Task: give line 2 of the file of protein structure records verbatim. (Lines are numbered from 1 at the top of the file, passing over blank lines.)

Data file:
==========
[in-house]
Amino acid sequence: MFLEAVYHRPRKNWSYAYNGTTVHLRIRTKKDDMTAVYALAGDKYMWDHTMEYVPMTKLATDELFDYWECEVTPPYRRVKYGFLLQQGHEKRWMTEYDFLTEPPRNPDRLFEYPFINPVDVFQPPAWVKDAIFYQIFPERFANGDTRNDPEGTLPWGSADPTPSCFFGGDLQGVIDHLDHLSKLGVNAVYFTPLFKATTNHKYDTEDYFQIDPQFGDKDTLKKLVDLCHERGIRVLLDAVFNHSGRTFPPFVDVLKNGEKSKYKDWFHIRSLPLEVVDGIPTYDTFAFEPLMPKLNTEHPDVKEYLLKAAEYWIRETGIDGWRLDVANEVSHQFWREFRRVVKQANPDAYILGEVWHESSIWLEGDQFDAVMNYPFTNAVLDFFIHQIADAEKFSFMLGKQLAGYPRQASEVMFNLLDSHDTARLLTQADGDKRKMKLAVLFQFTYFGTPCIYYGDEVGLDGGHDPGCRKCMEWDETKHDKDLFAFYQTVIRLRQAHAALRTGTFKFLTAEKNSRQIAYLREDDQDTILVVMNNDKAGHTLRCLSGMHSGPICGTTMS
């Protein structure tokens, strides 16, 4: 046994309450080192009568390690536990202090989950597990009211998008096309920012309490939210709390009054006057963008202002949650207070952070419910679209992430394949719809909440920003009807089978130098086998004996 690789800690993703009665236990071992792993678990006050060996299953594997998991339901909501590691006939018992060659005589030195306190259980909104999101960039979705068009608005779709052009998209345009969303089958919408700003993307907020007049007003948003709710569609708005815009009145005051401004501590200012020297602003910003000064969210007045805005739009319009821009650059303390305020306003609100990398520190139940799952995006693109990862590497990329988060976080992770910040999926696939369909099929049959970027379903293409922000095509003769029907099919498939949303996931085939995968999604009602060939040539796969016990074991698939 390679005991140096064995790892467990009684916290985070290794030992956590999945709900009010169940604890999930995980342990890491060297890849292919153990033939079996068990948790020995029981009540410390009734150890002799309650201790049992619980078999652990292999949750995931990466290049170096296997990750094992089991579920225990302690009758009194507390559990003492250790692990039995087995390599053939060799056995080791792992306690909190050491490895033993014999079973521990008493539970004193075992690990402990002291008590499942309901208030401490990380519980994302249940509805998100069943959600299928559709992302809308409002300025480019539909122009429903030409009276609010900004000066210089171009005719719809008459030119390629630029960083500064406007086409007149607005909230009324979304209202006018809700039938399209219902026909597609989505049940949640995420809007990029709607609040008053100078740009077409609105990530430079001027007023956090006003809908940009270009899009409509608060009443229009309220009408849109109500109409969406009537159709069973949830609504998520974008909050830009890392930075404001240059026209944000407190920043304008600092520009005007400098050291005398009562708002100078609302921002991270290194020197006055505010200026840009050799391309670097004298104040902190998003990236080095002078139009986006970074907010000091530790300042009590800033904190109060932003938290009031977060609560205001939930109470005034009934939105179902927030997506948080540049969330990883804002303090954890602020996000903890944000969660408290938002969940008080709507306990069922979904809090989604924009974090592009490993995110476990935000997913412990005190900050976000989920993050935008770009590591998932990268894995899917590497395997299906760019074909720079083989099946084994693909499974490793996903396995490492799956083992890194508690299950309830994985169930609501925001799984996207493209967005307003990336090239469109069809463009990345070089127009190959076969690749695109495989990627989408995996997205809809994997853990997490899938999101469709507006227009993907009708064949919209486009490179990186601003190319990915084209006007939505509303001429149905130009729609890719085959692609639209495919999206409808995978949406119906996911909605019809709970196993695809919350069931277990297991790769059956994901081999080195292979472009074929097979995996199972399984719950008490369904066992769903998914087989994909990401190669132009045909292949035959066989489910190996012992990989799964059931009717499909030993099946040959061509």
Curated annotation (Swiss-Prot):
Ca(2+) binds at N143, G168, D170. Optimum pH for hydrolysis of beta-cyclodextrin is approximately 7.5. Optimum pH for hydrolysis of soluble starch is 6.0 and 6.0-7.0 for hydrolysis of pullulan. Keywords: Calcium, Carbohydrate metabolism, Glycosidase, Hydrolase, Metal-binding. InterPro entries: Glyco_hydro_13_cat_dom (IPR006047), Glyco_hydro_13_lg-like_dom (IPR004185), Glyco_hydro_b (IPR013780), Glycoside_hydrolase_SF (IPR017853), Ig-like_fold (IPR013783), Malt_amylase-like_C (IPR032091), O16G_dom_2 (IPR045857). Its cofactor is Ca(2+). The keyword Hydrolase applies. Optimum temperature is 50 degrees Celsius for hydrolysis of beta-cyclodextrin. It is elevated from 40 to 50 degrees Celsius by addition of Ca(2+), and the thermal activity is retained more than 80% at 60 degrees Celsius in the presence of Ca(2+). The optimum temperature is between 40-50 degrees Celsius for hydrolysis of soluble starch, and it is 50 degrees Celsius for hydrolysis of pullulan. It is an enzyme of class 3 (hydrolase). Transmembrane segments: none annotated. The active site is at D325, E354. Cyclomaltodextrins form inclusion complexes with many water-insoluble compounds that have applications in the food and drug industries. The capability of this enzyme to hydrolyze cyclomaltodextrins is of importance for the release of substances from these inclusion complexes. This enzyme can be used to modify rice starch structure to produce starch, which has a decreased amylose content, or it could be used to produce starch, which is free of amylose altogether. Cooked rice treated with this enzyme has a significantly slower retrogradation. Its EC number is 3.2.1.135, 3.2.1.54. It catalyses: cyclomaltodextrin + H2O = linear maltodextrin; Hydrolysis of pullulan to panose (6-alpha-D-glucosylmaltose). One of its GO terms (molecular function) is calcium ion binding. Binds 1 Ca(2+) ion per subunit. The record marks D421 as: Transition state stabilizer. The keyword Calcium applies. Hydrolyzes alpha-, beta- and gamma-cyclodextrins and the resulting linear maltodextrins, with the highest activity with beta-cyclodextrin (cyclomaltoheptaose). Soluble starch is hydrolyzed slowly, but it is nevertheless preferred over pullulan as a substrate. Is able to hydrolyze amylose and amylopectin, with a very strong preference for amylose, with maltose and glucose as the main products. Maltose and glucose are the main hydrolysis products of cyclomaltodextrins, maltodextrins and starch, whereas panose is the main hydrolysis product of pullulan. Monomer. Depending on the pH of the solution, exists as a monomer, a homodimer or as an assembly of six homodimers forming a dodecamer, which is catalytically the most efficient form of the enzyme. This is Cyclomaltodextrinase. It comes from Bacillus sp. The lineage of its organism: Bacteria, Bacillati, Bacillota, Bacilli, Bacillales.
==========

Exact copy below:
Amino acid sequence: MFLEAVYHRPRKNWSYAYNGTTVHLRIRTKKDDMTAVYALAGDKYMWDHTMEYVPMTKLATDELFDYWECEVTPPYRRVKYGFLLQQGHEKRWMTEYDFLTEPPRNPDRLFEYPFINPVDVFQPPAWVKDAIFYQIFPERFANGDTRNDPEGTLPWGSADPTPSCFFGGDLQGVIDHLDHLSKLGVNAVYFTPLFKATTNHKYDTEDYFQIDPQFGDKDTLKKLVDLCHERGIRVLLDAVFNHSGRTFPPFVDVLKNGEKSKYKDWFHIRSLPLEVVDGIPTYDTFAFEPLMPKLNTEHPDVKEYLLKAAEYWIRETGIDGWRLDVANEVSHQFWREFRRVVKQANPDAYILGEVWHESSIWLEGDQFDAVMNYPFTNAVLDFFIHQIADAEKFSFMLGKQLAGYPRQASEVMFNLLDSHDTARLLTQADGDKRKMKLAVLFQFTYFGTPCIYYGDEVGLDGGHDPGCRKCMEWDETKHDKDLFAFYQTVIRLRQAHAALRTGTFKFLTAEKNSRQIAYLREDDQDTILVVMNNDKAGHTLRCLSGMHSGPICGTTMS